That side of Patricia has been there since his very first coaching job, when he served as a graduate assistant for his alma mater. His head coach, Joe King, describes him as having "old-fashioned values." They shined through as a player, when he transformed himself in the weight room to become a contributor on a team that won three ECAC titles during his four years there, and they continued to show up when he was an intern-level coach.
He worked in recruiting and ran study halls. He was an academic adviser and a tutor. He stayed late, and for next to nothing, but King said, "that's just the way he was."
"He was gonna out-work you," King added. "He was gonna find a way to be successful. It helps to be as smart as he is, but he'll put more time in than anyone else, too."
That drive hasn't waned, his co-workers insist, and it continues to earn him respect now 19 years later.
"He’s a blue-collar guy," Belichick said. "Certainly wasn’t born with a silver spoon. Like most players. They’re just working for everything. Working his way up through, I think he has an appreciation for that, and I think he relates well to other guys who are doing the same thing."
That's the case even with the players Patricia doesn't coach.
"That's one of my guys," running back LeGarrette Blount said with a smile. "He's a cool, laid-back dude, man. He's funny. He's personable. He's probably one of the funniest coaches here . . . On a personal level, I love that man to death."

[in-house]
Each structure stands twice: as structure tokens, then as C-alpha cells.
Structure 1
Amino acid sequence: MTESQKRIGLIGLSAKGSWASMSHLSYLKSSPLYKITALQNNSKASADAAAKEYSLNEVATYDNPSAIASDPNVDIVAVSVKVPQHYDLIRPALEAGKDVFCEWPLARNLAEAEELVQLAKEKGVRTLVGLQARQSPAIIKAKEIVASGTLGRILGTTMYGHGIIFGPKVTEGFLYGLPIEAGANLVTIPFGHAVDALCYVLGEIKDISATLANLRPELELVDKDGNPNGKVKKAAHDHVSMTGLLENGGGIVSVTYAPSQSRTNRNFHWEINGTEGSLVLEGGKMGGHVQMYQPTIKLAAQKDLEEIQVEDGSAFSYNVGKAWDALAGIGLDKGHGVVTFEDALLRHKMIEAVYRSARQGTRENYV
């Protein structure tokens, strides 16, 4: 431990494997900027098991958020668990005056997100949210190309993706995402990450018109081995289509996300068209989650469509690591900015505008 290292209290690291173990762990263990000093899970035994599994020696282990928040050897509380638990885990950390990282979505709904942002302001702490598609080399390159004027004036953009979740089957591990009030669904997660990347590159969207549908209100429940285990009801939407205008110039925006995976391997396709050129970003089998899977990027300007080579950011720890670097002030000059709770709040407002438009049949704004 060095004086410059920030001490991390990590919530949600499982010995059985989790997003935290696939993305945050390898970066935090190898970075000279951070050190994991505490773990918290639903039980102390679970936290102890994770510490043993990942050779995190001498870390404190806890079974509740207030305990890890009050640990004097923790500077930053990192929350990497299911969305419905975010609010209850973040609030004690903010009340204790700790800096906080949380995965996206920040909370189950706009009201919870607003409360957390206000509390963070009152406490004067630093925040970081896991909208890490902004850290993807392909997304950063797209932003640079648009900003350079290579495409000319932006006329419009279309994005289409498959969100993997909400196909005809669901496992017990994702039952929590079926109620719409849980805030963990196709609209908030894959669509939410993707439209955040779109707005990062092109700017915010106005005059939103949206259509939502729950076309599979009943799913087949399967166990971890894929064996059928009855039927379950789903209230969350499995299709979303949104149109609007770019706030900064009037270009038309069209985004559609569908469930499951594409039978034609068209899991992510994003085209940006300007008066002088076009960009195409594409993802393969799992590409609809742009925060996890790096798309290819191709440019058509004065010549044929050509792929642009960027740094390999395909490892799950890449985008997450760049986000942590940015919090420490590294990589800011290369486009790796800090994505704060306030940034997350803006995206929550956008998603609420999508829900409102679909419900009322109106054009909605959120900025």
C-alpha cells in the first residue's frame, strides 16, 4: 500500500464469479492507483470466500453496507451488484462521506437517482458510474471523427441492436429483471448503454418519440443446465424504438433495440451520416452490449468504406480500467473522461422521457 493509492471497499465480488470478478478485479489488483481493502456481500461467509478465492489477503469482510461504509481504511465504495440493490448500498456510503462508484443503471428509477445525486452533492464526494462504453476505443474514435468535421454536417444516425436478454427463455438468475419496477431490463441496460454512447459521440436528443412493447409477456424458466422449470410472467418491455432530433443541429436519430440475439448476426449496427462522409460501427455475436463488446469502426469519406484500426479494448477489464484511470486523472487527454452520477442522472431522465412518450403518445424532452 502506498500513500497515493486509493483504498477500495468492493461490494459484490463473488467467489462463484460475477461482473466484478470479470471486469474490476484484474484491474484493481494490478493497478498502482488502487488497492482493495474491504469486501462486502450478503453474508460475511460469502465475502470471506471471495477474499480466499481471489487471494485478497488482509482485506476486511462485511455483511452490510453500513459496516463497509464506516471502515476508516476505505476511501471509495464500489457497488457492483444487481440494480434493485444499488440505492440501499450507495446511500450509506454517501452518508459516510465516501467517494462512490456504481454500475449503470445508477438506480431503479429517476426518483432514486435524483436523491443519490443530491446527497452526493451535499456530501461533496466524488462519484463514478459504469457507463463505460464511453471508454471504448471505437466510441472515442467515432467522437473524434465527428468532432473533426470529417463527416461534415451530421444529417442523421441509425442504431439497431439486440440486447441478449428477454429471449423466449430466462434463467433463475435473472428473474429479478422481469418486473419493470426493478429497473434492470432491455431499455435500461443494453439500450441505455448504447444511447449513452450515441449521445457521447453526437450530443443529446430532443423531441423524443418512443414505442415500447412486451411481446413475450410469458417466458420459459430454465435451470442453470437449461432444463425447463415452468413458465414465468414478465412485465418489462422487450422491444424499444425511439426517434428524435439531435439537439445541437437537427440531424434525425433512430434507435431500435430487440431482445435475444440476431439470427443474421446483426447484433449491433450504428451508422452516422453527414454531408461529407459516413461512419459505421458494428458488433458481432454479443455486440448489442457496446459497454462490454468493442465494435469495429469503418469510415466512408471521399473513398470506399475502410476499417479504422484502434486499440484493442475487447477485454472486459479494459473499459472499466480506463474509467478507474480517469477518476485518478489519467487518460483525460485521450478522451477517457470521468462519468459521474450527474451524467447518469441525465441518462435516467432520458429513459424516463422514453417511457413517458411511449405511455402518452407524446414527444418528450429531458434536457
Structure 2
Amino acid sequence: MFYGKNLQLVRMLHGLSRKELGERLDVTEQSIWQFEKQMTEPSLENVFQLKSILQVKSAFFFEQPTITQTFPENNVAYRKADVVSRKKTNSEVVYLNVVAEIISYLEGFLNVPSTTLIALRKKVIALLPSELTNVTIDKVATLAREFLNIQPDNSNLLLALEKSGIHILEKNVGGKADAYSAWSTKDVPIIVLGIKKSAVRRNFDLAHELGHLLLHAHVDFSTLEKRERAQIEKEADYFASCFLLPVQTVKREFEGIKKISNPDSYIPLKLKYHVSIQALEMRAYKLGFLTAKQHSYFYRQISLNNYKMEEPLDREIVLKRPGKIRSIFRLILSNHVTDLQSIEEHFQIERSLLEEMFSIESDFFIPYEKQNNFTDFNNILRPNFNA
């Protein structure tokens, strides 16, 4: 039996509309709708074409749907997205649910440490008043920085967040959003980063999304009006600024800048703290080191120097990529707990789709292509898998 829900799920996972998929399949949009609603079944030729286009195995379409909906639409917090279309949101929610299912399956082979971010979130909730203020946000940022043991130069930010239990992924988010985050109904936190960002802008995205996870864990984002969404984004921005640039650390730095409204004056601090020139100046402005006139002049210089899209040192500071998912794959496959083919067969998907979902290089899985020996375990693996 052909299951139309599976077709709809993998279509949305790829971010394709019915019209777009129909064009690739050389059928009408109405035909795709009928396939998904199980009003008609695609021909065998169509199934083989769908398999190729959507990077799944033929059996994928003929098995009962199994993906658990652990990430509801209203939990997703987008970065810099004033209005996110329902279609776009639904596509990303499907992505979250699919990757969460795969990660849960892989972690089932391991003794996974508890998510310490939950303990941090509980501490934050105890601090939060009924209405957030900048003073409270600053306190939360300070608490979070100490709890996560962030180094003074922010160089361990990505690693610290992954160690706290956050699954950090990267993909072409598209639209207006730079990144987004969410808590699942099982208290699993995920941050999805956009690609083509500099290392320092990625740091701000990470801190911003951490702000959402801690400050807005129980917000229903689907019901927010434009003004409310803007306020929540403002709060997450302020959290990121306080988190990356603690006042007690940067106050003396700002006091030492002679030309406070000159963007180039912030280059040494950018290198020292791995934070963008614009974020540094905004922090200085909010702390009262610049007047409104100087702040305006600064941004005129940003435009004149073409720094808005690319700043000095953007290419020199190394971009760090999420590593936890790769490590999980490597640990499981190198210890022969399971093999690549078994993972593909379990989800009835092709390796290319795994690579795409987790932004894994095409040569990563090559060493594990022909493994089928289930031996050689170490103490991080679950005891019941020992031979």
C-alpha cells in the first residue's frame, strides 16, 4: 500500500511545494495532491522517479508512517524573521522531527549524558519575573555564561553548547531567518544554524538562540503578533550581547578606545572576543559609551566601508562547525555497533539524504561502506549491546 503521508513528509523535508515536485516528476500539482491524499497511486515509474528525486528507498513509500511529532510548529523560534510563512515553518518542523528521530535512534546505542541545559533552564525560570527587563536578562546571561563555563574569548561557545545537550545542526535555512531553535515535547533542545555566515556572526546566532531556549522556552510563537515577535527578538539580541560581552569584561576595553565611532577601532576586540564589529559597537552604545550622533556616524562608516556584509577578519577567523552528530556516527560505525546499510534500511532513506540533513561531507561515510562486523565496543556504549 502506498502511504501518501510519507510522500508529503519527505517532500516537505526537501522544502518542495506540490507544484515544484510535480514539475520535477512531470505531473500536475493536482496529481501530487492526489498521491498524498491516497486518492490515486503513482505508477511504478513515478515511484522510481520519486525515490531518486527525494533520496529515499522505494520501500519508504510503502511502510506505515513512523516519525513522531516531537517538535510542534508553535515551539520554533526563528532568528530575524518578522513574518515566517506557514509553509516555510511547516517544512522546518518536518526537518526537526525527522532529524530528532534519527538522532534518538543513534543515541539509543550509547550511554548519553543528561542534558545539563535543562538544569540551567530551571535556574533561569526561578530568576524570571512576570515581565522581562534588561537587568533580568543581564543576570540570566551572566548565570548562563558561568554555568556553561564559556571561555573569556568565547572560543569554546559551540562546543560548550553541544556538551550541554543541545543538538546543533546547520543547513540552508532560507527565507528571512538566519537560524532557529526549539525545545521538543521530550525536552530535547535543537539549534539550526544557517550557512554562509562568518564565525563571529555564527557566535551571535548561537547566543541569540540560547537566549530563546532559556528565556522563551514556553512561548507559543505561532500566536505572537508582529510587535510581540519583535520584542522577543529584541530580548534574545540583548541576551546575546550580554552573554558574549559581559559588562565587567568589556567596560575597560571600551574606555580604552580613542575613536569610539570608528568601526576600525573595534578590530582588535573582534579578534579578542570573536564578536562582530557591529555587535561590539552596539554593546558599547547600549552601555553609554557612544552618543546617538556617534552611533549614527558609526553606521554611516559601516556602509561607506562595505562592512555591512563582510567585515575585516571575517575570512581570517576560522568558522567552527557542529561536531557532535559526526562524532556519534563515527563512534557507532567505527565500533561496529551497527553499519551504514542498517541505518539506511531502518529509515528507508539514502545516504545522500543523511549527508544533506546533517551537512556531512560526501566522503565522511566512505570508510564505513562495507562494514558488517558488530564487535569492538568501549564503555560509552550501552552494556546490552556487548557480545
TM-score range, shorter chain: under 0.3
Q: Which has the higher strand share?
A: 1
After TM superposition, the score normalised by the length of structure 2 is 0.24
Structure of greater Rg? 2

Blount says he knows he's not alone, and that Patricia feels the same way about the team's players en masse.
"You can just tell in his personality," Blount said. "How he acts towards us. How he treats us. How personal he is with each of us. You can just tell. You can just tell. He's not going to just come up and say, 'Hey, man. I love you.' But you can just tell by his actions. How he treats us. How he talks to us. How he is around us."
Patricia has an innate sense of what the team needs, players say. When it's tough love, he can dole it out with the best of them. When it's a laugh, he's just as ready.
"Kind of like Bill, he has a funny way of joking at you," Hightower said. "It's usually at a rookie, like, 'What the hell are you doing?' He'll jump on them, but then he's kind of like looking at us, laughing it off. That's more or less what it's about. He does it whenever it's needed. Whenever moods are kind of weak and dim he kind of sparks things up."
Inside Gillette Stadium, where a great deal is asked of the players and the coaches, that ability to bring levity to the workplace doesn't go unappreciated.